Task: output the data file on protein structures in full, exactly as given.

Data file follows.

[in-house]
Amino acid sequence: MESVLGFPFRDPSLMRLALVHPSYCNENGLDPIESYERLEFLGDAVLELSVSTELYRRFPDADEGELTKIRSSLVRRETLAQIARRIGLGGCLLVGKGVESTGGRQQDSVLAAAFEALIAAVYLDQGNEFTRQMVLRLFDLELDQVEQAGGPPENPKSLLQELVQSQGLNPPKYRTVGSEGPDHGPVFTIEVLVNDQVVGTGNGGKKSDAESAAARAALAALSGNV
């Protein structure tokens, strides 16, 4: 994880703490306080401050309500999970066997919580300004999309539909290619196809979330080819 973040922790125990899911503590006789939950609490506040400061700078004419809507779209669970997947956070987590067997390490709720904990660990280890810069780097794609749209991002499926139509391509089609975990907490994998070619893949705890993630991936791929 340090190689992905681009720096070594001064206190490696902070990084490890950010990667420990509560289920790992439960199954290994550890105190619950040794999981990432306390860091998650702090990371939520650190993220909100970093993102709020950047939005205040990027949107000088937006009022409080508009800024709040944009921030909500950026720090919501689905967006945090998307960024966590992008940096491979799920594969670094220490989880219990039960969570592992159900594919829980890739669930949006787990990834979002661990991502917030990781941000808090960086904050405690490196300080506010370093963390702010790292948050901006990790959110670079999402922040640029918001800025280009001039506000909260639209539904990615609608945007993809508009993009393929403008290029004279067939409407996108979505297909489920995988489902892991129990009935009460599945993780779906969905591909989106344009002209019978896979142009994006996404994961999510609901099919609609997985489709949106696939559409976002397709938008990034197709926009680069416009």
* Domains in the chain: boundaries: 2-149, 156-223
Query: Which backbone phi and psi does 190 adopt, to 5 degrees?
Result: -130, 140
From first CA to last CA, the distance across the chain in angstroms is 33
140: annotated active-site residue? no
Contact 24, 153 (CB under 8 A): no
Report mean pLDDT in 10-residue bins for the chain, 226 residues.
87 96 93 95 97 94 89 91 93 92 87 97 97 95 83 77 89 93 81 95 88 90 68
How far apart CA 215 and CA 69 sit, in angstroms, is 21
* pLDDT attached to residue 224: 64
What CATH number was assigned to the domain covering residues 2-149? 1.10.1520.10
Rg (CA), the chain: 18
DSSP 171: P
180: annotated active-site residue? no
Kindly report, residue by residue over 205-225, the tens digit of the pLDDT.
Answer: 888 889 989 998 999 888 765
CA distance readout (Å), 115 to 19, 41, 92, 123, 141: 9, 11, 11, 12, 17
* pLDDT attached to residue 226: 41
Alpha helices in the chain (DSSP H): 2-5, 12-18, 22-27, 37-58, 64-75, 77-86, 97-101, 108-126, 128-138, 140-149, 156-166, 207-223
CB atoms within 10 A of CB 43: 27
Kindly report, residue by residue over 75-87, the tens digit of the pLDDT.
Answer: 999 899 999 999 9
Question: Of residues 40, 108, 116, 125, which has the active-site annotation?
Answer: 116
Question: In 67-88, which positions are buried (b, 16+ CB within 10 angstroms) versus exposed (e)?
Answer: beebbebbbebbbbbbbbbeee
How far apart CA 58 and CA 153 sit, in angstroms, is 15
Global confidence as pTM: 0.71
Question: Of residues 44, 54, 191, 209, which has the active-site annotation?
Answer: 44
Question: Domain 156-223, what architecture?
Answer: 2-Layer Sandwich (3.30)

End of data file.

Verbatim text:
[in-house]
Amino acid sequence: MESVLGFPFRDPSLMRLALVHPSYCNENGLDPIESYERLEFLGDAVLELSVSTELYRRFPDADEGELTKIRSSLVRRETLAQIARRIGLGGCLLVGKGVESTGGRQQDSVLAAAFEALIAAVYLDQGNEFTRQMVLRLFDLELDQVEQAGGPPENPKSLLQELVQSQGLNPPKYRTVGSEGPDHGPVFTIEVLVNDQVVGTGNGGKKSDAESAAARAALAALSGNV
């Protein structure tokens, strides 16, 4: 994880703490306080401050309500999970066997919580300004999309539909290619196809979330080819 973040922790125990899911503590006789939950609490506040400061700078004419809507779209669970997947956070987590067997390490709720904990660990280890810069780097794609749209991002499926139509391509089609975990907490994998070619893949705890993630991936791929 340090190689992905681009720096070594001064206190490696902070990084490890950010990667420990509560289920790992439960199954290994550890105190619950040794999981990432306390860091998650702090990371939520650190993220909100970093993102709020950047939005205040990027949107000088937006009022409080508009800024709040944009921030909500950026720090919501689905967006945090998307960024966590992008940096491979799920594969670094220490989880219990039960969570592992159900594919829980890739669930949006787990990834979002661990991502917030990781941000808090960086904050405690490196300080506010370093963390702010790292948050901006990790959110670079999402922040640029918001800025280009001039506000909260639209539904990615609608945007993809508009993009393929403008290029004279067939409407996108979505297909489920995988489902892991129990009935009460599945993780779906969905591909989106344009002209019978896979142009994006996404994961999510609901099919609609997985489709949106696939559409976002397709938008990034197709926009680069416009």
* Domains in the chain: boundaries: 2-149, 156-223
Query: Which backbone phi and psi does 190 adopt, to 5 degrees?
Result: -130, 140
From first CA to last CA, the distance across the chain in angstroms is 33
140: annotated active-site residue? no
Contact 24, 153 (CB under 8 A): no
Report mean pLDDT in 10-residue bins for the chain, 226 residues.
87 96 93 95 97 94 89 91 93 92 87 97 97 95 83 77 89 93 81 95 88 90 68
How far apart CA 215 and CA 69 sit, in angstroms, is 21
* pLDDT attached to residue 224: 64
What CATH number was assigned to the domain covering residues 2-149? 1.10.1520.10
Rg (CA), the chain: 18
DSSP 171: P
180: annotated active-site residue? no
Kindly report, residue by residue over 205-225, the tens digit of the pLDDT.
Answer: 888 889 989 998 999 888 765
CA distance readout (Å), 115 to 19, 41, 92, 123, 141: 9, 11, 11, 12, 17
* pLDDT attached to residue 226: 41
Alpha helices in the chain (DSSP H): 2-5, 12-18, 22-27, 37-58, 64-75, 77-86, 97-101, 108-126, 128-138, 140-149, 156-166, 207-223
CB atoms within 10 A of CB 43: 27
Kindly report, residue by residue over 75-87, the tens digit of the pLDDT.
Answer: 999 899 999 999 9
Question: Of residues 40, 108, 116, 125, which has the active-site annotation?
Answer: 116
Question: In 67-88, which positions are buried (b, 16+ CB within 10 angstroms) versus exposed (e)?
Answer: beebbebbbebbbbbbbbbeee
How far apart CA 58 and CA 153 sit, in angstroms, is 15
Global confidence as pTM: 0.71
Question: Of residues 44, 54, 191, 209, which has the active-site annotation?
Answer: 44
Question: Domain 156-223, what architecture?
Answer: 2-Layer Sandwich (3.30)